• Does breathing difficulty cause you to awaken at night (paroxysmal nocturnal dyspnea)?  
  • Does the amount of breathing difficulty change (variable over hours)?  
  • Does breathing difficulty occur at rest?  
  • How long does each episode last?  
  • Is it worse when lying flat (orthopnea)?  
  • Is it worse with a change in body position?  
  • Did it develop within 4 to 6 hours after exposure to something that you are or may be allergic to (antigen)?  
  • Is it worse after exercise?  
  • Does shortness of breath occur only when wheezing?  
  • Is the breathing pattern irregular?  
  • Do you draw back the chest muscles with breathing (intercostal retractions)?  
  • What other symptoms are also present?

The physical examination will include a thorough examination of the lungs, heart, and upper airway passages.

Diagnostic tests that may be performed include the following:

  • Blood tests including arterial blood gases  
  • Measurement of blood oxygen saturation (pulse oximetry)  
  • ECG  
  • X-ray of the chest  
  • Pulmonary function tests  
  • Exercise testing  
  • CT scan of the chest  
  • Echocardiogram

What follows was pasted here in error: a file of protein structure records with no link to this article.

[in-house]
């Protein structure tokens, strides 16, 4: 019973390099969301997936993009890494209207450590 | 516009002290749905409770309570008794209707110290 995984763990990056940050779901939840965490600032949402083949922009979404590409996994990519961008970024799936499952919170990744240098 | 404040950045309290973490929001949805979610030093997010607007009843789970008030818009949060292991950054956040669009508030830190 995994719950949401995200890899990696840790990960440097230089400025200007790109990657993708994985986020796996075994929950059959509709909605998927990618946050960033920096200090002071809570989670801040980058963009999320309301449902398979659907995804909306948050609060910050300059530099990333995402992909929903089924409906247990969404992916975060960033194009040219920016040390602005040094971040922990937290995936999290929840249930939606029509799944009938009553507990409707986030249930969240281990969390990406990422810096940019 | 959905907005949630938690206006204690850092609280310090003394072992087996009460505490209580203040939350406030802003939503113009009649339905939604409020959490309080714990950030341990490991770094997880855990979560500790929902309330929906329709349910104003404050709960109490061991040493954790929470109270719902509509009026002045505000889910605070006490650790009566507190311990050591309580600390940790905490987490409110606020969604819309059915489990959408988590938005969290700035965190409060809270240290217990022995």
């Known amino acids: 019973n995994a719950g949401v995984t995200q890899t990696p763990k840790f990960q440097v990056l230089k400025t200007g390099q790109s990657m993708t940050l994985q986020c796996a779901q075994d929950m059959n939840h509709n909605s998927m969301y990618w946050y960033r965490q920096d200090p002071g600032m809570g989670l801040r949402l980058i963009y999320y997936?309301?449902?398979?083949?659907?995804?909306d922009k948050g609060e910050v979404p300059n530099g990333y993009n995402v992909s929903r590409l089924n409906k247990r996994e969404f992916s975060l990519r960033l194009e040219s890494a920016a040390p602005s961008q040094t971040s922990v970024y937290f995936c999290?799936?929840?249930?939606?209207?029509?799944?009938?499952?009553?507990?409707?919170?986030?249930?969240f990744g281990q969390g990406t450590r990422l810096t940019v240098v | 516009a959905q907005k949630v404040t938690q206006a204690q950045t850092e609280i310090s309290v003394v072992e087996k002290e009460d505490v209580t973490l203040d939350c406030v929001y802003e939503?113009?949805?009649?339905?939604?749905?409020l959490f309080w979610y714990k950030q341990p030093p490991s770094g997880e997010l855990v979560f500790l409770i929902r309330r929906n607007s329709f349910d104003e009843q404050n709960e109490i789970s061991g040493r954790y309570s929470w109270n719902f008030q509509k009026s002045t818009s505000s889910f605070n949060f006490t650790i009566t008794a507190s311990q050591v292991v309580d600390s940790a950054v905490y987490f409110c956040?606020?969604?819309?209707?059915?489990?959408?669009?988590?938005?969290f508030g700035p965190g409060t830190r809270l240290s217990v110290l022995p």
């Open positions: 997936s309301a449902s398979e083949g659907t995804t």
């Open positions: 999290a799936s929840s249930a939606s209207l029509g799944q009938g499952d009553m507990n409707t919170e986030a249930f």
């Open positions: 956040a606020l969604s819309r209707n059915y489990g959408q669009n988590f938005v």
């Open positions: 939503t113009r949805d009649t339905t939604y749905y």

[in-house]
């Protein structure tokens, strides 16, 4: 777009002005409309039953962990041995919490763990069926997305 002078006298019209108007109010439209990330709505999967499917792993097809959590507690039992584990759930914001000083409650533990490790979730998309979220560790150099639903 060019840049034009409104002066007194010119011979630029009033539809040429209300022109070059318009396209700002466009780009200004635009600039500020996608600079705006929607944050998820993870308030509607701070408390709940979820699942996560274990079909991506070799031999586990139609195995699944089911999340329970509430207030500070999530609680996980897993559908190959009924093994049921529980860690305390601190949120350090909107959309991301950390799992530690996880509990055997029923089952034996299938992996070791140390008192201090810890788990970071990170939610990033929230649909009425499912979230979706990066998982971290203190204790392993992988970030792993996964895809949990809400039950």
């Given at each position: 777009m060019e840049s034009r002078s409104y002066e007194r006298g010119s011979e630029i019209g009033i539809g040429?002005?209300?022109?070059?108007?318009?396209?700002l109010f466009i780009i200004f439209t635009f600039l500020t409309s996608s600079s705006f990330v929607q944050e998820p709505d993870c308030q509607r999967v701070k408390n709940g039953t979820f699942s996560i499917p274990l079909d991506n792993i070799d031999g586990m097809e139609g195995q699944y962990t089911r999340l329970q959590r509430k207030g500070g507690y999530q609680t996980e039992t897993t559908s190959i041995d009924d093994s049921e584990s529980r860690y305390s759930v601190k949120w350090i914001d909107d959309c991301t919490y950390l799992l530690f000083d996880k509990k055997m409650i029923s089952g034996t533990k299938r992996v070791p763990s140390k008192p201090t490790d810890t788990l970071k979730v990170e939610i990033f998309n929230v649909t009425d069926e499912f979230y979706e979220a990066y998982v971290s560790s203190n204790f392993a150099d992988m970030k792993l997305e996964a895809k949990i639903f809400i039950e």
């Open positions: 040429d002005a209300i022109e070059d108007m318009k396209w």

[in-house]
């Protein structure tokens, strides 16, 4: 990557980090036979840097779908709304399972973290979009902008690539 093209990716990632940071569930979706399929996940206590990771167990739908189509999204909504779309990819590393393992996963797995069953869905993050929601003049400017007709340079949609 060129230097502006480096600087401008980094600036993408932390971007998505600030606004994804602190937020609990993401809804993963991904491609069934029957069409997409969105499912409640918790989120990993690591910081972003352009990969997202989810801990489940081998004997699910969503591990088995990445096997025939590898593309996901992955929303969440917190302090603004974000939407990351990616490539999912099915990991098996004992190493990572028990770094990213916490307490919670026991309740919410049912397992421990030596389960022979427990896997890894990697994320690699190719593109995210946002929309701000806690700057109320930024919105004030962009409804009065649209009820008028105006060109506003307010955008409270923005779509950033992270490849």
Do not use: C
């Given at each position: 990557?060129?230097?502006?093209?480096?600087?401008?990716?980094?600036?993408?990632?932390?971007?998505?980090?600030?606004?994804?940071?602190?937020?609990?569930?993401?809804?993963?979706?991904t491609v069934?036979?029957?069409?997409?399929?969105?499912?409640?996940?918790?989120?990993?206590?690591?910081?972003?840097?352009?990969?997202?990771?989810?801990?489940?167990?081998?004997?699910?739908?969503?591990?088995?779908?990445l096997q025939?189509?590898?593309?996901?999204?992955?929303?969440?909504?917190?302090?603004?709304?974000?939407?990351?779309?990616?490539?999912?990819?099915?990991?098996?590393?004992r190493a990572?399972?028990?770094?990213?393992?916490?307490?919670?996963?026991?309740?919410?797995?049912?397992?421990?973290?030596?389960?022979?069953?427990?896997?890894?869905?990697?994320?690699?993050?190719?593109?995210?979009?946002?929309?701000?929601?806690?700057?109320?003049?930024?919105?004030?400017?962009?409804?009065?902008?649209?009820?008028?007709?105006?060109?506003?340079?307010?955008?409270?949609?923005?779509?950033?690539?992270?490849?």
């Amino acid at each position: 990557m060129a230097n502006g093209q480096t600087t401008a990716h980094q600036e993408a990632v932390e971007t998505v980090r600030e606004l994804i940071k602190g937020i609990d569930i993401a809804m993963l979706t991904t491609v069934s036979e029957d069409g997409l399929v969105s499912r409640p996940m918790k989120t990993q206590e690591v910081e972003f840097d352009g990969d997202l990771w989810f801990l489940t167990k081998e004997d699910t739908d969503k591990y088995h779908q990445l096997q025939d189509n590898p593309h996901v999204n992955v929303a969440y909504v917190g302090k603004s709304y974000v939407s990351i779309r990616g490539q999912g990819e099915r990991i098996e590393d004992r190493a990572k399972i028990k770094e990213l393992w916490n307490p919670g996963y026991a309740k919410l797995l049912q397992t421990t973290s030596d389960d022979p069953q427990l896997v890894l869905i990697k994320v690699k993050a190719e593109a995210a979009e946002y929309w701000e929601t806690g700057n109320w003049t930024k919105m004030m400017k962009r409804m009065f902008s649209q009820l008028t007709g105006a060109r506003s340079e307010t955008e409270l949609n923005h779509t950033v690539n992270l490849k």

In severe cases of difficulty breathing, hospitalization may be required. Many different medications, aimed at treating the cause of breathing difficulty, may be used in treatment.

In situations where the blood oxygen level is significantly low, supplemental oxygen is helpful. High doses of supplemental oxygen may be hazardous for some patients, however, and is not necessary in all cases of shortness of breath.

Johns Hopkins patient information

Last revised: December 3, 2012
by Gevorg A. Poghosian, Ph.D.

Medical Encyclopedia

  A | B | C | D | E | F | G | H | I | J | K | L | M | N | O | P | Q | R | S | T | U | V | W | X | Y | Z | 0-9

All ArmMed Media material is provided for information only and is neither advice nor a substitute for proper medical care. Consult a qualified healthcare professional who understands your particular history for individual concerns.